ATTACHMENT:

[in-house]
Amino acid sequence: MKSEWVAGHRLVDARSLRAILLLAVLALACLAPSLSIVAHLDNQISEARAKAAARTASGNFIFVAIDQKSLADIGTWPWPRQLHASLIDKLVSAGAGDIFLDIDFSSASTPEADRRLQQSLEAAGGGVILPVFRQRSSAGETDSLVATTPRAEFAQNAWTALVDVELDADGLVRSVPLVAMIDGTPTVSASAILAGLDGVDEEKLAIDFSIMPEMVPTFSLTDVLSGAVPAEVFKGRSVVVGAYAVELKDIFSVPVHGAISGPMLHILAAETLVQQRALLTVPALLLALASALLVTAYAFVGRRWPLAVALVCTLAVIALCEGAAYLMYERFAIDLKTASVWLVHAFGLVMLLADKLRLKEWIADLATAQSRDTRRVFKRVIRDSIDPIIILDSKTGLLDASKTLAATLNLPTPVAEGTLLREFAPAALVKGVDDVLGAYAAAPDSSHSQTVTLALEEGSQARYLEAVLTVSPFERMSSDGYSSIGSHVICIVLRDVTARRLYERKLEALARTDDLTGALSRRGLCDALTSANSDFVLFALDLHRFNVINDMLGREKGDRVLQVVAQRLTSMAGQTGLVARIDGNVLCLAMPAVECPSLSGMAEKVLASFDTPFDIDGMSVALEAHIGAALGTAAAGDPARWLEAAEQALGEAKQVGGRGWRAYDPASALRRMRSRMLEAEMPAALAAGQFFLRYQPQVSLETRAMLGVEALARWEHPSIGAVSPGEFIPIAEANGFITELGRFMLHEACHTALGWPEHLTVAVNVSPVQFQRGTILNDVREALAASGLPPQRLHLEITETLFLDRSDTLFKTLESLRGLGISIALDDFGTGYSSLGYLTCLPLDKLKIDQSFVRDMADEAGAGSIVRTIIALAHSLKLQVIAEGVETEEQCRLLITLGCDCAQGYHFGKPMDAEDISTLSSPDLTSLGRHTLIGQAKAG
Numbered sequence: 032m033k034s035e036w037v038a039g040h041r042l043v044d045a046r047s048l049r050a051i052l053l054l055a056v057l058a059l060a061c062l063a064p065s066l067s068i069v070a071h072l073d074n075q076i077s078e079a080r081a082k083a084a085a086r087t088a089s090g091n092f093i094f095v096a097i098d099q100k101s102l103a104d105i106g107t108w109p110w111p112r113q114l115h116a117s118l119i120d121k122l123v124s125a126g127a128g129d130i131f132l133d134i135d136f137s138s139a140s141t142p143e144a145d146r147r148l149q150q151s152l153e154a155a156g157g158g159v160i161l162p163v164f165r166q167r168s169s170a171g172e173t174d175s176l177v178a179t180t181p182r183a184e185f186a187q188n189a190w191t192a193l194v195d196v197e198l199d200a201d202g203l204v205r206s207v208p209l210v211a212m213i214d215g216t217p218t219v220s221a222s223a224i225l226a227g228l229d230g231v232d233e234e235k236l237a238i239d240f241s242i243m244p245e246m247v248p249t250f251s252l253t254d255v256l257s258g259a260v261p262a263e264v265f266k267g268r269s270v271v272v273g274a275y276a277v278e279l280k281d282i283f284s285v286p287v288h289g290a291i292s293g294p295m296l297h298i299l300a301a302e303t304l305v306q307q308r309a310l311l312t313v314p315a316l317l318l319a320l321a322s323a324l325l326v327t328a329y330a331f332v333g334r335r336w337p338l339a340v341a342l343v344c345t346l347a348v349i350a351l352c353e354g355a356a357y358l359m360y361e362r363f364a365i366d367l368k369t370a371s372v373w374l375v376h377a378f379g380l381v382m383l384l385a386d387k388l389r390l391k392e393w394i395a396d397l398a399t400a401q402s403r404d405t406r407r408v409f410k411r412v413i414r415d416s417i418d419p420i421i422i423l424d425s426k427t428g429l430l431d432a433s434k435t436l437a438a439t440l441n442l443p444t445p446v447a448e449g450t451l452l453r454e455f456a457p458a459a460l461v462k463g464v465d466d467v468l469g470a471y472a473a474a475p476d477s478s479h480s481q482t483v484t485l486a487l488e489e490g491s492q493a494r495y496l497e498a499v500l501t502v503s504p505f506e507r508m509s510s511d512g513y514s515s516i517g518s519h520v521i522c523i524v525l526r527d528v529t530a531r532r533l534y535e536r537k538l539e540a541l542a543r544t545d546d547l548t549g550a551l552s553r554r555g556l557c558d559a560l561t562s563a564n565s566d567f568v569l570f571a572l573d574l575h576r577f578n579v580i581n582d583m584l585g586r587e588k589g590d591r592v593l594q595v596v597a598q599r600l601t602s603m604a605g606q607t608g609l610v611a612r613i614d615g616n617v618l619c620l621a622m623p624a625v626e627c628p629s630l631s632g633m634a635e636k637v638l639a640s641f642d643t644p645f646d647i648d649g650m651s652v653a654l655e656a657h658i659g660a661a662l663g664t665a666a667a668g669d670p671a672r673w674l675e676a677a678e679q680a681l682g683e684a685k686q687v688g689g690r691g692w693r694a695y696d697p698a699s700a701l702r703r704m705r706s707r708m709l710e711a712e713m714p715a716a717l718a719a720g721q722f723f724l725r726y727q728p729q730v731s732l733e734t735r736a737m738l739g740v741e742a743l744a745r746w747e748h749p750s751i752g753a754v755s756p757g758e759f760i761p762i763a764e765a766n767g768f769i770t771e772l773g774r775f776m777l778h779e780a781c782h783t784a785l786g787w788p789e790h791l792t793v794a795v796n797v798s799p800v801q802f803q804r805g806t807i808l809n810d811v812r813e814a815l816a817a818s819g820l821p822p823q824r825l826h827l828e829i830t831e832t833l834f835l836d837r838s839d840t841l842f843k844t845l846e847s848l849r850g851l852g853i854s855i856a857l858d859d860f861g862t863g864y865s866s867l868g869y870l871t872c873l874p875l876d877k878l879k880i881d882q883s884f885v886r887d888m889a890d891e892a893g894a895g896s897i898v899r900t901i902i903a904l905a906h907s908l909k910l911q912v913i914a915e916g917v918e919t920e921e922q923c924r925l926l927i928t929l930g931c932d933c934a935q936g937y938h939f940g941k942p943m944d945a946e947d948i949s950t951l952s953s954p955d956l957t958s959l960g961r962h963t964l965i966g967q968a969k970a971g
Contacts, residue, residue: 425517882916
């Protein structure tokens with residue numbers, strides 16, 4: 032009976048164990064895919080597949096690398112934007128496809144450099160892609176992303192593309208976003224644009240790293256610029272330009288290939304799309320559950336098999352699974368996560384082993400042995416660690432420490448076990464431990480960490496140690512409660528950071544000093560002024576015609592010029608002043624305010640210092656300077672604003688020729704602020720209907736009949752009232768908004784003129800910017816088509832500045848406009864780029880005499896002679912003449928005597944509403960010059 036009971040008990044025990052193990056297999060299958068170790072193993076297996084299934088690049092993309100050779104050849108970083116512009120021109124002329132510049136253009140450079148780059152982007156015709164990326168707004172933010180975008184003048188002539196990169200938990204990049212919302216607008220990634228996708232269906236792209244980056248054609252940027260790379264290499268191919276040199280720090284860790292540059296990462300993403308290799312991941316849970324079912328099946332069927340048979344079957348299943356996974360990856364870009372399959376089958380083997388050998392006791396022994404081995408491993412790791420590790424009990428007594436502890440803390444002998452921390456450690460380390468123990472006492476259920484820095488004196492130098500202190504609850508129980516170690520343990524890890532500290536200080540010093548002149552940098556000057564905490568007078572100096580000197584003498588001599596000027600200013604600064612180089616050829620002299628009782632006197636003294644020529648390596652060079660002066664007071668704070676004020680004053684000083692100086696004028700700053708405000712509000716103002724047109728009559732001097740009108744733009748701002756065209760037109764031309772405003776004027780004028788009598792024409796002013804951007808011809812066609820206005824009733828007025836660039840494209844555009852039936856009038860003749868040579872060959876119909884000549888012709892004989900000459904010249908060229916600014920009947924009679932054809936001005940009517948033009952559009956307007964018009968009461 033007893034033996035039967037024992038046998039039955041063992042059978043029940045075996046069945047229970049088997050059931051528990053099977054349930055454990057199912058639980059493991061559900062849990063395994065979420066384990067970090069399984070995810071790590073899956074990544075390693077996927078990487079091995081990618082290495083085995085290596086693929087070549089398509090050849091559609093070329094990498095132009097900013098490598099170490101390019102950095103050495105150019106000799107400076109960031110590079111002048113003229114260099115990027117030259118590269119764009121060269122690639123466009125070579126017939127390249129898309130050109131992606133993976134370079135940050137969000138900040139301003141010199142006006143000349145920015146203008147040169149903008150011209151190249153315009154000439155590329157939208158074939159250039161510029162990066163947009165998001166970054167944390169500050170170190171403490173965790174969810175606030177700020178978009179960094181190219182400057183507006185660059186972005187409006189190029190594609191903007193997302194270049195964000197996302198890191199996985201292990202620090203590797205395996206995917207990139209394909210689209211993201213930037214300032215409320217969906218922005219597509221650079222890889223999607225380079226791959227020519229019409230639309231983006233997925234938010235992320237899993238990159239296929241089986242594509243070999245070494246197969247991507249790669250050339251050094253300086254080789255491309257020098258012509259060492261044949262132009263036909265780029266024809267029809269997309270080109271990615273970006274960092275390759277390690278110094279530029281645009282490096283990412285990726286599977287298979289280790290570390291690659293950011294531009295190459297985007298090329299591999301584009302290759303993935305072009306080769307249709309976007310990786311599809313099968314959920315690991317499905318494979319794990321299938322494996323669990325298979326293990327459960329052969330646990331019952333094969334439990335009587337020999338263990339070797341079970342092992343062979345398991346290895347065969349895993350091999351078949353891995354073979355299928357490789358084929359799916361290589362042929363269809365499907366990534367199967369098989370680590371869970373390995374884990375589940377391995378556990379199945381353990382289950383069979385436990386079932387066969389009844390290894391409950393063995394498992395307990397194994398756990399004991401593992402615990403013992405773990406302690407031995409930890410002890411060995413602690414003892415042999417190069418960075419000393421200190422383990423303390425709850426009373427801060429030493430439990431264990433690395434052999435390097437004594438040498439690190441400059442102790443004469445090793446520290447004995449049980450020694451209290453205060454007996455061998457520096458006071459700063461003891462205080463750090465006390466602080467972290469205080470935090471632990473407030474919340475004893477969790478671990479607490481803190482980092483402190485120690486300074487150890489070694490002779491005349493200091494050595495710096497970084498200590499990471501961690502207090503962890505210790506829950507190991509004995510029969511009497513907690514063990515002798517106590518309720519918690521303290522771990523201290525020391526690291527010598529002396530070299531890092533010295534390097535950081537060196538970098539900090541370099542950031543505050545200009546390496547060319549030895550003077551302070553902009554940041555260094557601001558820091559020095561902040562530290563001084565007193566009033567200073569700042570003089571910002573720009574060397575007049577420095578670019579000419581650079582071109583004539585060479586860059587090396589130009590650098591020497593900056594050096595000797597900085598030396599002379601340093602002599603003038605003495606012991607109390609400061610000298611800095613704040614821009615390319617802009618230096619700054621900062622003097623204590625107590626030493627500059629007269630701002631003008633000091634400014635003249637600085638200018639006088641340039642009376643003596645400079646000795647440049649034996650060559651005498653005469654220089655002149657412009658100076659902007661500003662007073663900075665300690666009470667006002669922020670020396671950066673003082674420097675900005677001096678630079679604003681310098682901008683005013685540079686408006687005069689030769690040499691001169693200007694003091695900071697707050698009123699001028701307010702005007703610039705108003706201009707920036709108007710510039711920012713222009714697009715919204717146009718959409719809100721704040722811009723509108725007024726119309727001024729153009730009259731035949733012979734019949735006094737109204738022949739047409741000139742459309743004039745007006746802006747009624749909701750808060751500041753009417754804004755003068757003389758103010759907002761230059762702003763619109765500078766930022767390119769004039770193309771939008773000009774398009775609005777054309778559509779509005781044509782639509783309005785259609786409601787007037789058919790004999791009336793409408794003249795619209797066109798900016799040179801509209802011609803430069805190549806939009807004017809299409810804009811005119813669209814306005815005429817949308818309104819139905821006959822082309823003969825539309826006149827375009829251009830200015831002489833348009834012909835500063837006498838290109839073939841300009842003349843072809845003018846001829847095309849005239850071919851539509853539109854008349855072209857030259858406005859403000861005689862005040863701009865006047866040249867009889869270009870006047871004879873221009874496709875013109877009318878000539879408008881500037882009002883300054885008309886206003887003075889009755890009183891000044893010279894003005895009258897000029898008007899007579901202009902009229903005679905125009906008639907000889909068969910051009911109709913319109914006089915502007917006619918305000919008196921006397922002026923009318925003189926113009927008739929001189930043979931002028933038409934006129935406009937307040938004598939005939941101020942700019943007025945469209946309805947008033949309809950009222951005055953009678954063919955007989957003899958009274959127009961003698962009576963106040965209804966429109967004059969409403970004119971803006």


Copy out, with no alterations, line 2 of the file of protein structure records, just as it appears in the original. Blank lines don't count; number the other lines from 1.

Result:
Amino acid sequence: MKSEWVAGHRLVDARSLRAILLLAVLALACLAPSLSIVAHLDNQISEARAKAAARTASGNFIFVAIDQKSLADIGTWPWPRQLHASLIDKLVSAGAGDIFLDIDFSSASTPEADRRLQQSLEAAGGGVILPVFRQRSSAGETDSLVATTPRAEFAQNAWTALVDVELDADGLVRSVPLVAMIDGTPTVSASAILAGLDGVDEEKLAIDFSIMPEMVPTFSLTDVLSGAVPAEVFKGRSVVVGAYAVELKDIFSVPVHGAISGPMLHILAAETLVQQRALLTVPALLLALASALLVTAYAFVGRRWPLAVALVCTLAVIALCEGAAYLMYERFAIDLKTASVWLVHAFGLVMLLADKLRLKEWIADLATAQSRDTRRVFKRVIRDSIDPIIILDSKTGLLDASKTLAATLNLPTPVAEGTLLREFAPAALVKGVDDVLGAYAAAPDSSHSQTVTLALEEGSQARYLEAVLTVSPFERMSSDGYSSIGSHVICIVLRDVTARRLYERKLEALARTDDLTGALSRRGLCDALTSANSDFVLFALDLHRFNVINDMLGREKGDRVLQVVAQRLTSMAGQTGLVARIDGNVLCLAMPAVECPSLSGMAEKVLASFDTPFDIDGMSVALEAHIGAALGTAAAGDPARWLEAAEQALGEAKQVGGRGWRAYDPASALRRMRSRMLEAEMPAALAAGQFFLRYQPQVSLETRAMLGVEALARWEHPSIGAVSPGEFIPIAEANGFITELGRFMLHEACHTALGWPEHLTVAVNVSPVQFQRGTILNDVREALAASGLPPQRLHLEITETLFLDRSDTLFKTLESLRGLGISIALDDFGTGYSSLGYLTCLPLDKLKIDQSFVRDMADEAGAGSIVRTIIALAHSLKLQVIAEGVETEEQCRLLITLGCDCAQGYHFGKPMDAEDISTLSSPDLTSLGRHTLIGQAKAG